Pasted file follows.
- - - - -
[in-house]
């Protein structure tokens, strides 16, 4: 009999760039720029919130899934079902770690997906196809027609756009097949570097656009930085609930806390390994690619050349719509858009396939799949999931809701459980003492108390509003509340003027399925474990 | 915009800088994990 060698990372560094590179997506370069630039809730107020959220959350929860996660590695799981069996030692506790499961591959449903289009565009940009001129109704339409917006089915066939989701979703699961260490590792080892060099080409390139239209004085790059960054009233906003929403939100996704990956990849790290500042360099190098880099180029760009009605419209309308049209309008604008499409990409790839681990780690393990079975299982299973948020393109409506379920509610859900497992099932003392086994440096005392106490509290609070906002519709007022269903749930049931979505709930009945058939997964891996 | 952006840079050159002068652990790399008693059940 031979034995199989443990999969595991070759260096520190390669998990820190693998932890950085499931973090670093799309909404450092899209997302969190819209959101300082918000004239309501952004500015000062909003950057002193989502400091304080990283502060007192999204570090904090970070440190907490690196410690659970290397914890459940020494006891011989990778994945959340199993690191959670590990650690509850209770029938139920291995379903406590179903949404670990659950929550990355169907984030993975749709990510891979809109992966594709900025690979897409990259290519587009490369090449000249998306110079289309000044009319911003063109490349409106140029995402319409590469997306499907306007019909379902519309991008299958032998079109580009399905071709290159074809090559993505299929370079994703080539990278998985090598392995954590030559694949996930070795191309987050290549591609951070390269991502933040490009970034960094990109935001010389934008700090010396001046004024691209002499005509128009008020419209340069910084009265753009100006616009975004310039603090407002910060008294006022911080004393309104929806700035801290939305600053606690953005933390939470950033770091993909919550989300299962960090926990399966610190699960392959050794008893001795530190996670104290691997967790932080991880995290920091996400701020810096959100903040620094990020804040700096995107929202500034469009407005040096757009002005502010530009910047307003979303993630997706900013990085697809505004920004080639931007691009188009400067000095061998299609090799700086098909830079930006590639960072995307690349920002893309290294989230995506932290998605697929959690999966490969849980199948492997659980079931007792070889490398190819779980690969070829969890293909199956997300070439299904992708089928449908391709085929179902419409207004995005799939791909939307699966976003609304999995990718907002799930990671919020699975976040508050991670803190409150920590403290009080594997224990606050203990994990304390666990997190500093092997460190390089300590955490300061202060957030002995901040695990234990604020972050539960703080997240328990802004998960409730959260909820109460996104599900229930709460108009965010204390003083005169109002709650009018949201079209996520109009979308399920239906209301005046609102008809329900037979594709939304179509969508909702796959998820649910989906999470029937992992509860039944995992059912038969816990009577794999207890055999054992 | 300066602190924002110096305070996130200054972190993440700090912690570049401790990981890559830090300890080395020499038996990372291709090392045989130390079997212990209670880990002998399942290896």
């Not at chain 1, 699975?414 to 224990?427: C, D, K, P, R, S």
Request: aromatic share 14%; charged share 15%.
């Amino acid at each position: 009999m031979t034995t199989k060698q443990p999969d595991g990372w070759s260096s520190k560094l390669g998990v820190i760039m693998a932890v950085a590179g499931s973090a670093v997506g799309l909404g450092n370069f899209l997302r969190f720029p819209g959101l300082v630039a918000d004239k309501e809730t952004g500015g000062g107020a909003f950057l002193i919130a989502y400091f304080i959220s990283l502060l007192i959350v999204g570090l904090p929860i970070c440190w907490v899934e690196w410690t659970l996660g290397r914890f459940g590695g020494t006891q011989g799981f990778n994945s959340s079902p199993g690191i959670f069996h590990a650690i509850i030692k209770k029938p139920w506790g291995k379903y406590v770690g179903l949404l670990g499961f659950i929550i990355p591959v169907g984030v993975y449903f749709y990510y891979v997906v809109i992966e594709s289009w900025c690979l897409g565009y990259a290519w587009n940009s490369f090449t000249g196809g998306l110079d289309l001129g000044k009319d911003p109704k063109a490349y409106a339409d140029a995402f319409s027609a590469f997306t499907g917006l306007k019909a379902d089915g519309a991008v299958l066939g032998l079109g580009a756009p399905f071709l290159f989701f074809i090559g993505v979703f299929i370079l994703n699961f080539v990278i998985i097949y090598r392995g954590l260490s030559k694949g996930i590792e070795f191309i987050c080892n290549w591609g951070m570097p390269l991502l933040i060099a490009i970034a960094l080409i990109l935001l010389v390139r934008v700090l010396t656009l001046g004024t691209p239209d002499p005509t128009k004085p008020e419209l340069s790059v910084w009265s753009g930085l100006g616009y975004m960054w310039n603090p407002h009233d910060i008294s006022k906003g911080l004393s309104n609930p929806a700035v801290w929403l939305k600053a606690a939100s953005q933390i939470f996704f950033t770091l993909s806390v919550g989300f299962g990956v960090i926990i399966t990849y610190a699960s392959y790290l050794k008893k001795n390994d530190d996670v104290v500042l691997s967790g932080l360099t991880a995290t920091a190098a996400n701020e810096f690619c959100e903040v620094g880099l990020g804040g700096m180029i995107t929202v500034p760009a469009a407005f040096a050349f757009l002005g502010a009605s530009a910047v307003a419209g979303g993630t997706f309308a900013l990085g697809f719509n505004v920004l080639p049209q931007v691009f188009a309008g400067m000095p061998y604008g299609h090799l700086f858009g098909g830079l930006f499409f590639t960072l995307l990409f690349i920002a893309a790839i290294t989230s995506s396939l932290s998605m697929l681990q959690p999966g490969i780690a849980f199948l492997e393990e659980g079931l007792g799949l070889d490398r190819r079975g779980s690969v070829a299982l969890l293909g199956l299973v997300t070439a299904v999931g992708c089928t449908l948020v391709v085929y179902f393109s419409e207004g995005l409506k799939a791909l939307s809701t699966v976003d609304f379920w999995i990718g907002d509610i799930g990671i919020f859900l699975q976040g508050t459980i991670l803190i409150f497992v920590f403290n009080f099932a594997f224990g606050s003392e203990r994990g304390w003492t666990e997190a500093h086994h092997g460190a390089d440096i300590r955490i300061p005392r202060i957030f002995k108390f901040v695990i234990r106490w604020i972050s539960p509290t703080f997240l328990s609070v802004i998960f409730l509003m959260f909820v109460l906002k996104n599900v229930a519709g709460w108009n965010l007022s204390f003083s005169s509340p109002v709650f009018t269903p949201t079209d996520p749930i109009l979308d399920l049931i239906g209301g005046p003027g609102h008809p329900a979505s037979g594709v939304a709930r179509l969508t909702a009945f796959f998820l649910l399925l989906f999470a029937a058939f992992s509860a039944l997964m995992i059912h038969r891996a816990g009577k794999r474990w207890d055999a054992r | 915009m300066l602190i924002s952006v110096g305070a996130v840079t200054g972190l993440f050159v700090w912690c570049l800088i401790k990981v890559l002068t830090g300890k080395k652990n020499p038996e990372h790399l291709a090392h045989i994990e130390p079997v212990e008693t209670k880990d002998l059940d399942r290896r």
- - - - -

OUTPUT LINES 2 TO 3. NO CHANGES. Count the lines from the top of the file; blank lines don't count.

């Protein structure tokens, strides 16, 4: 009999760039720029919130899934079902770690997906196809027609756009097949570097656009930085609930806390390994690619050349719509858009396939799949999931809701459980003492108390509003509340003027399925474990 | 915009800088994990 060698990372560094590179997506370069630039809730107020959220959350929860996660590695799981069996030692506790499961591959449903289009565009940009001129109704339409917006089915066939989701979703699961260490590792080892060099080409390139239209004085790059960054009233906003929403939100996704990956990849790290500042360099190098880099180029760009009605419209309308049209309008604008499409990409790839681990780690393990079975299982299973948020393109409506379920509610859900497992099932003392086994440096005392106490509290609070906002519709007022269903749930049931979505709930009945058939997964891996 | 952006840079050159002068652990790399008693059940 031979034995199989443990999969595991070759260096520190390669998990820190693998932890950085499931973090670093799309909404450092899209997302969190819209959101300082918000004239309501952004500015000062909003950057002193989502400091304080990283502060007192999204570090904090970070440190907490690196410690659970290397914890459940020494006891011989990778994945959340199993690191959670590990650690509850209770029938139920291995379903406590179903949404670990659950929550990355169907984030993975749709990510891979809109992966594709900025690979897409990259290519587009490369090449000249998306110079289309000044009319911003063109490349409106140029995402319409590469997306499907306007019909379902519309991008299958032998079109580009399905071709290159074809090559993505299929370079994703080539990278998985090598392995954590030559694949996930070795191309987050290549591609951070390269991502933040490009970034960094990109935001010389934008700090010396001046004024691209002499005509128009008020419209340069910084009265753009100006616009975004310039603090407002910060008294006022911080004393309104929806700035801290939305600053606690953005933390939470950033770091993909919550989300299962960090926990399966610190699960392959050794008893001795530190996670104290691997967790932080991880995290920091996400701020810096959100903040620094990020804040700096995107929202500034469009407005040096757009002005502010530009910047307003979303993630997706900013990085697809505004920004080639931007691009188009400067000095061998299609090799700086098909830079930006590639960072995307690349920002893309290294989230995506932290998605697929959690999966490969849980199948492997659980079931007792070889490398190819779980690969070829969890293909199956997300070439299904992708089928449908391709085929179902419409207004995005799939791909939307699966976003609304999995990718907002799930990671919020699975976040508050991670803190409150920590403290009080594997224990606050203990994990304390666990997190500093092997460190390089300590955490300061202060957030002995901040695990234990604020972050539960703080997240328990802004998960409730959260909820109460996104599900229930709460108009965010204390003083005169109002709650009018949201079209996520109009979308399920239906209301005046609102008809329900037979594709939304179509969508909702796959998820649910989906999470029937992992509860039944995992059912038969816990009577794999207890055999054992 | 300066602190924002110096305070996130200054972190993440700090912690570049401790990981890559830090300890080395020499038996990372291709090392045989130390079997212990209670880990002998399942290896």
């Not at chain 1, 699975?414 to 224990?427: C, D, K, P, R, S």